By The Fire
25 September 2020 (2xLP/DL/CD/Cassette)
Sonic Youth founder Thurston Moore releases his seventh solo album, a collection of “songs as flames of rainbow energy.” Its maker calls it “a party of peace” for our lockdown universe.
You never know quite what to expect from Thurston Moore. Except that you do: you must always expect the unexpected. He’s been constantly reinventing himself since the demise of alternative rock legends Sonic Youth a decade ago. Yet, like Peel’s famous adage about The Fall, however different he tries to be he never strays far from the template.
Sonic Youth were, and still are, the archetypal critics’ band: superstars in their universe of alternative indiehood, yet obscure enough never to trouble the chart compilers. Even today, after seven years of living in London, Moore can wander the streets of his neighbourhood – also my neighbourhood – unrecognised by all but the most trainspotterish of music nerds; to everyone else he’s just the tall American dude who used to be in a famous band that no one can quite remember the name of because they never actually heard them.
Over 40 years of that critical celebrity, Moore has combined diverse musical adventures in the fields of punk, hardcore, jazz, black metal, dream pop, acoustic collaborations, improvised film soundtracks and avant-garde happenings; united only by his experimental urges and determination to steer a path away from anything mainstream. He’s also found time for a residency at the Louvre and academic posts teaching writing, poetry and music in Colorado and Copenhagen.
His list of collaborators is a Who’s Who of the artists he has been influenced by and those he has gone on to influence himself: from his mentor Glenn Branca and Yoko Ono through Faust and Can to David Toop, Cecil Taylor and Bobby Gillespie. His last release, Spirit Counsel, was with electronica musician Jon Leidecker (aka Wobbly) that included a 64-minute tribute to Alice Coltrane.
His seventh solo album, By The Fire, sounds like an anthology of all that and Moore remains as uncategorisable as ever; show him a boundary and he will push it, transgress it, tear it down, rebuild it and redefine it. This album has nine songs spanning two discs, varying in length from five minutes to 17 minutes, and lasting almost an hour and a half. It’s produced by Paul Epworth, whose pop credentials include millions of sales and multiple awards with Adele, U2, Coldplay and more. It’s safe to say that this one won’t be adding many zeroes to his bank statement. It is, however, arguably the best record he’s ever worked on; it’s certainly the most experimental.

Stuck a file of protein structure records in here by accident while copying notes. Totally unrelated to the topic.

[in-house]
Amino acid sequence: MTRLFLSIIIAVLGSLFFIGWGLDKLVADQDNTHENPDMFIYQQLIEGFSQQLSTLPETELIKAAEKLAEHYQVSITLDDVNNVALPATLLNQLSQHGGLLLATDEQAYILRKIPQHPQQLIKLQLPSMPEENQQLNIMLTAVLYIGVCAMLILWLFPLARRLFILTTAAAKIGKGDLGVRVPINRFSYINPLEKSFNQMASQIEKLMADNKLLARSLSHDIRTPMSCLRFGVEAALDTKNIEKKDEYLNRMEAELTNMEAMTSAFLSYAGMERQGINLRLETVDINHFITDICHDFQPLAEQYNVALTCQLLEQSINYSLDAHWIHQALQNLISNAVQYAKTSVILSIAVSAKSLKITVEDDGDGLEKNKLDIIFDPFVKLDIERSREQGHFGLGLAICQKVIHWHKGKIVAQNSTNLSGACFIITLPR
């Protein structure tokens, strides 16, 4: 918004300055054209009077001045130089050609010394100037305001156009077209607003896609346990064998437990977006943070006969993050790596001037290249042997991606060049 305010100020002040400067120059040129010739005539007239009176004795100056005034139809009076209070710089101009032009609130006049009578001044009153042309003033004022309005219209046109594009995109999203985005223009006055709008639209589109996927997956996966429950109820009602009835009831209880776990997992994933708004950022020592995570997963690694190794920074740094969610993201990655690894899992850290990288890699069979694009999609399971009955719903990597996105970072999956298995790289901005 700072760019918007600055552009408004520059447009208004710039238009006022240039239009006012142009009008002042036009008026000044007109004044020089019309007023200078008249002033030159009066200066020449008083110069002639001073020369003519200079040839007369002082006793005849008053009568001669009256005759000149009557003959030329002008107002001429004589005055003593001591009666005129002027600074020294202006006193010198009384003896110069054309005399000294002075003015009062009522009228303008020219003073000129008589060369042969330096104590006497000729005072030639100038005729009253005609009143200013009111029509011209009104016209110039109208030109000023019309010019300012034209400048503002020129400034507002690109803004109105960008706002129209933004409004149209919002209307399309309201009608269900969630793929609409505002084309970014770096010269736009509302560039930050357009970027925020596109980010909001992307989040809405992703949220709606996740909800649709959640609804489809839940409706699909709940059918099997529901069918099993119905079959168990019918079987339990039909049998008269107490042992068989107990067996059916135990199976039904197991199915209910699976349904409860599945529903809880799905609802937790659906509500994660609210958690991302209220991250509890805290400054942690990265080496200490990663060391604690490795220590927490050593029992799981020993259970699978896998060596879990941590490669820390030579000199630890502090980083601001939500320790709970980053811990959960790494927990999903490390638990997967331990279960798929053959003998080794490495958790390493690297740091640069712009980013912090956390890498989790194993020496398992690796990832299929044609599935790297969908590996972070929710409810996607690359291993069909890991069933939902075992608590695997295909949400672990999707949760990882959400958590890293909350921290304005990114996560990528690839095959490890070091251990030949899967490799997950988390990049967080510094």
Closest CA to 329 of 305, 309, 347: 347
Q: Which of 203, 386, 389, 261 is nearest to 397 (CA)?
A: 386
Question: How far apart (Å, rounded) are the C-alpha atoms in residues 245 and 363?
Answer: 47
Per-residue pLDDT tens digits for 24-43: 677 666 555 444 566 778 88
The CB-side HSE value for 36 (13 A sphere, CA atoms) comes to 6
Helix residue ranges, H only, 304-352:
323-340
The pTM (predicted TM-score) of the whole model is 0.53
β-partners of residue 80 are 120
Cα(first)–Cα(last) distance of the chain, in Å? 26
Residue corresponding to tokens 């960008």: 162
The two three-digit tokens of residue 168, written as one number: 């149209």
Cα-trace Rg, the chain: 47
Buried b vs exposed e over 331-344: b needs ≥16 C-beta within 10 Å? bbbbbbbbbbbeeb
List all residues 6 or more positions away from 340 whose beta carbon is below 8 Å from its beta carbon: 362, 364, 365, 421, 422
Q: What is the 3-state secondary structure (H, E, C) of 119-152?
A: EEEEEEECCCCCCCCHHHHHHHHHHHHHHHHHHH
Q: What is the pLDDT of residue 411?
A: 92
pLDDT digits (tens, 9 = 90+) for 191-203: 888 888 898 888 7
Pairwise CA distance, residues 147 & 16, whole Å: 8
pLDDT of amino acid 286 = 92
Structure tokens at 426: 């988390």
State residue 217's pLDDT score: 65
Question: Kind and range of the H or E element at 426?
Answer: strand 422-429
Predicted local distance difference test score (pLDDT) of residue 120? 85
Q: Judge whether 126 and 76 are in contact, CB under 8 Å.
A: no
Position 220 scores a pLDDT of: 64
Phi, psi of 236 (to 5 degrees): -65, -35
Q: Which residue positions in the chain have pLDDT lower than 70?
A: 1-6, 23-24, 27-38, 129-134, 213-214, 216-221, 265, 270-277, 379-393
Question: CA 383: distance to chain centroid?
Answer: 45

The longest songs here, which tend to have single-word titles – Breath, Siren, Venus, Locomotives – take you on an aural journey (as the latter title suggests); a journey of discovery via tension and release that will typically involve a rhythmic nod towards the Krautrock of Can, some dirty distorted guitar created from unusual tunings, and perhaps a shroud of electronic experimentalism that might recall early Pink Floyd.
It’s not all like that, though. The opener, Hashish, “an ode to the narcotic of love in our shared responsibility to each other during isolation,” is a fairly formulaic pop song, at least by Sonic Youth standards. Its successor, Cantaloupe – “a song of life, love and lust as wild dreams come true” – could easily be mistaken for a slice of early-Seventies stoner rock, especially when James Sedwards unleashes his virtuosic guitar solo. You could even sing along to its chorus: “We’re pulsing blue, blue to orange / Dripping fire music down your back / Floating up through your skin / White gardenias in your eyes.” Ok, it’s not Kylie but it’s still catchy!
By the Fire was recorded at Epworth’s Church Studios in North London, close to Moore’s home for the past seven years, with what he calls his London Band: bassist Deb Googe (My Bloody Valentine), guitarist James Sedwards (Nøught) and drummers Jem Doulton and Steve Shelley (Sonic Youth), appended by San Francisco’s electronic experimentalist Jon ‘Wobbly’ Leidecker (Negativland). It’s released on Moore’s own label, The Daydream Library Series, an offshoot of his partner Eva Prinz’s publishing house, the Ecstatic Peace Library (also a shop selling records and art books in Stoke Newington).
The album has already been previewed with an extraordinary 12-minute track called Siren, a “soundtrack to an ancient mermaid ritual” in Moore’s words, that aims to combat the dark energy overwhelming us around the world with the power of positive connectivity and universal love. The vocals don’t even arrive until the nine-minute mark.
Breath, which follows, is 11 minutes of slow build, beginning with another pretty guitar figure and a subterranean bass melody from Googe, before the drums kick it into a frenetic higher gear and Moore starts singing about witchcraft, working in a skronky guitar part that might have destroyed his amp; in fact, from the sound of it, it may well have been recorded after the destruction. Dreamers Work, by contrast, is a bucolic acoustic guitar duet, preparing the way for the album’s most conventional tune, They Believe In Love (When They Look At You) before closing out with the celestial sonic explorations of Venus which leave the listener, aptly enough, on a higher plane of consciousness.
Moore describes his album as nine “songs of enlightenment, released to a world on fire,” perhaps influenced by his last release, a cover of a song from Galaxie 500’s 1989 album On Fire. He adds: “Taking a cue from Albert Ayler’s assertion that ‘Music is the healing force of the universe’, this recording offers songs as flames of rainbow energy, where the power of love becomes our call. These are love songs in a time where creativity is our dignity, our demonstration against the forces of oppression. By The Fire is a gathering, a party of peace – songs in the heat of the moment.”